The first few pages of Surveil are not for the squeamish. It details some of the punishments used in the 18th century. Being hung drawn and quartered, and the like are torturous and horrific punishments meted out in the past. Foucault use the term atrocity. They put us in mind of the brutality of the times the Stoics lived in. But not just the ancient past. The last two people guillotined in France were executed in 1977.
Some of the techniques Stoics like Seneca used for self-transformation, are described in Michel Foucault’s article Technologies of the Self. For those leaning into Stoicism that article is a useful read. However, Foucault’s book Surveiller et punir: Naissance de la prison is a provocative work for anyone interested in Stoicism as a guide to practical reason. That book will help further you understanding of yourself as an individual in a way that forces us to remember how Ancient Roman society was conformist in many ways and to become known as an individual a person needed to accomplish meretricious deeds and accumulate power.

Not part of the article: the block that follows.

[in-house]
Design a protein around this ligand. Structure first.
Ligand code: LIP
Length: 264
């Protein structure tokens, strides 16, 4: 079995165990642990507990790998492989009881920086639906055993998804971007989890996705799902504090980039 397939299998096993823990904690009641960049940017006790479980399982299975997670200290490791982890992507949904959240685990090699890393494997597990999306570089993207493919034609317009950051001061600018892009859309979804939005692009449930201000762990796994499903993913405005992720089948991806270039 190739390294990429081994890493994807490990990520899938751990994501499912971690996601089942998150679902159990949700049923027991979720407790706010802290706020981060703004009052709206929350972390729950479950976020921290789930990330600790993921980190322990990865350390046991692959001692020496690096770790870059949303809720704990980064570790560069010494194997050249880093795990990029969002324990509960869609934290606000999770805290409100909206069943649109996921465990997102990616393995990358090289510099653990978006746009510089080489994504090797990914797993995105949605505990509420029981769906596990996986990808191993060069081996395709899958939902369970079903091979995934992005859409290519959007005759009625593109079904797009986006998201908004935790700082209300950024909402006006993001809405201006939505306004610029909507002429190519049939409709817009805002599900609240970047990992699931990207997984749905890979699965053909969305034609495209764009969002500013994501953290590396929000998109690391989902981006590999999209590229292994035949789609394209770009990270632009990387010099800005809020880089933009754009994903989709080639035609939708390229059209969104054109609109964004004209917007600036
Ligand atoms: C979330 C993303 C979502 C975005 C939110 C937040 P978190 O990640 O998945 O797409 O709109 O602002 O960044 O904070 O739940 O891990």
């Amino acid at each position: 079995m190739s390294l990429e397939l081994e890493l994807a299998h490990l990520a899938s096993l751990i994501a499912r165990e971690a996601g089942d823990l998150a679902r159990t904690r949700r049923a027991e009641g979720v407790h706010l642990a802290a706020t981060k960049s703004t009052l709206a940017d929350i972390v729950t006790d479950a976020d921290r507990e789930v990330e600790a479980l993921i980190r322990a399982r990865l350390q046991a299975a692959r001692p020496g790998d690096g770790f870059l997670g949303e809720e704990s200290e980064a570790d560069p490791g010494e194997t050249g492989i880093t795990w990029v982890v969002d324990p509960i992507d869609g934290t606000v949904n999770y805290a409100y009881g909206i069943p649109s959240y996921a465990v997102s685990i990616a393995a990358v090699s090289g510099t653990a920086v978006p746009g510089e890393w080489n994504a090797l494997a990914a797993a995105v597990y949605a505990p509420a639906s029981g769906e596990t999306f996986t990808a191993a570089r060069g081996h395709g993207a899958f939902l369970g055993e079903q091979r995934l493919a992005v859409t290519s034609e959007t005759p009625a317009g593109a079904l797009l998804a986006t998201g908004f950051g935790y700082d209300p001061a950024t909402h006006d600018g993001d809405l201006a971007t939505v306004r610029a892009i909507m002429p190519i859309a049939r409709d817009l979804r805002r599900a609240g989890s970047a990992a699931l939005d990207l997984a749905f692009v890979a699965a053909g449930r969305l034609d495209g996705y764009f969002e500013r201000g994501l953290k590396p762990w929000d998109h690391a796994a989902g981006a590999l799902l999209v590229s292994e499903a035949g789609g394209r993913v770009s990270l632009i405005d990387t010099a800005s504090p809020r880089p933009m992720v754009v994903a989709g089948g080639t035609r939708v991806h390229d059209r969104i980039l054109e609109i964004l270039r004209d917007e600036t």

Foucault used his genealogy method of historical inquiry, and takes as its major premise that “detention became the essential form of punishment”1 in a short time-frame during the late Eighteenth and early Nineteenth centuries. This change away from punishing the body indicated major changes within the culture of modernity and the nature of modern societies.2 Those cultural changes reflected a transition from a culture of ascendant individualisation — were people become more individualised by their meretricious deeds and the power they accrued—to a descendent culture of individualisation that distinguishes people to the extent they are acted upon by anonymous power.3